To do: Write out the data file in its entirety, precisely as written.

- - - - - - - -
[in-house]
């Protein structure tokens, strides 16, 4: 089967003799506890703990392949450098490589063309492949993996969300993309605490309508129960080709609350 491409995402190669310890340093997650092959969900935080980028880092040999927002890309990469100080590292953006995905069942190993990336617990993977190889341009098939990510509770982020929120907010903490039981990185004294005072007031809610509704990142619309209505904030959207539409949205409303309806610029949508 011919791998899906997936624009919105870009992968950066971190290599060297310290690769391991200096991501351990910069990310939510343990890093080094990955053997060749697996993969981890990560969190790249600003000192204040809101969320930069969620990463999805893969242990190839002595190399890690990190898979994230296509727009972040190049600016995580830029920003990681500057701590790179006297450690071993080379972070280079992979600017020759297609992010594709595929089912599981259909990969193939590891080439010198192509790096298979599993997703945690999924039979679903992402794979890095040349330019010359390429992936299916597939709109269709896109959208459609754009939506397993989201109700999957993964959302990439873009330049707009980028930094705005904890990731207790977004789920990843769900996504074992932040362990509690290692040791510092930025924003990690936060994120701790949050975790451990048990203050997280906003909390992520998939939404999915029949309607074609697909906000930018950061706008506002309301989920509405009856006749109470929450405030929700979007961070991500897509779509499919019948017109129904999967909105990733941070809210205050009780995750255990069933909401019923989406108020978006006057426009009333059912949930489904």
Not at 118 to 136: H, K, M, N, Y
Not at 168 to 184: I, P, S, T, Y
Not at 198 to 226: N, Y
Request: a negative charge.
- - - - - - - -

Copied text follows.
[in-house]
């Protein structure tokens, strides 16, 4: 089967003799506890703990392949450098490589063309492949993996969300993309605490309508129960080709609350 491409995402190669310890340093997650092959969900935080980028880092040999927002890309990469100080590292953006995905069942190993990336617990993977190889341009098939990510509770982020929120907010903490039981990185004294005072007031809610509704990142619309209505904030959207539409949205409303309806610029949508 011919791998899906997936624009919105870009992968950066971190290599060297310290690769391991200096991501351990910069990310939510343990890093080094990955053997060749697996993969981890990560969190790249600003000192204040809101969320930069969620990463999805893969242990190839002595190399890690990190898979994230296509727009972040190049600016995580830029920003990681500057701590790179006297450690071993080379972070280079992979600017020759297609992010594709595929089912599981259909990969193939590891080439010198192509790096298979599993997703945690999924039979679903992402794979890095040349330019010359390429992936299916597939709109269709896109959208459609754009939506397993989201109700999957993964959302990439873009330049707009980028930094705005904890990731207790977004789920990843769900996504074992932040362990509690290692040791510092930025924003990690936060994120701790949050975790451990048990203050997280906003909390992520998939939404999915029949309607074609697909906000930018950061706008506002309301989920509405009856006749109470929450405030929700979007961070991500897509779509499919019948017109129904999967909105990733941070809210205050009780995750255990069933909401019923989406108020978006006057426009009333059912949930489904």
Not at 118 to 136: H, K, M, N, Y
Not at 168 to 184: I, P, S, T, Y
Not at 198 to 226: N, Y
Request: a negative charge.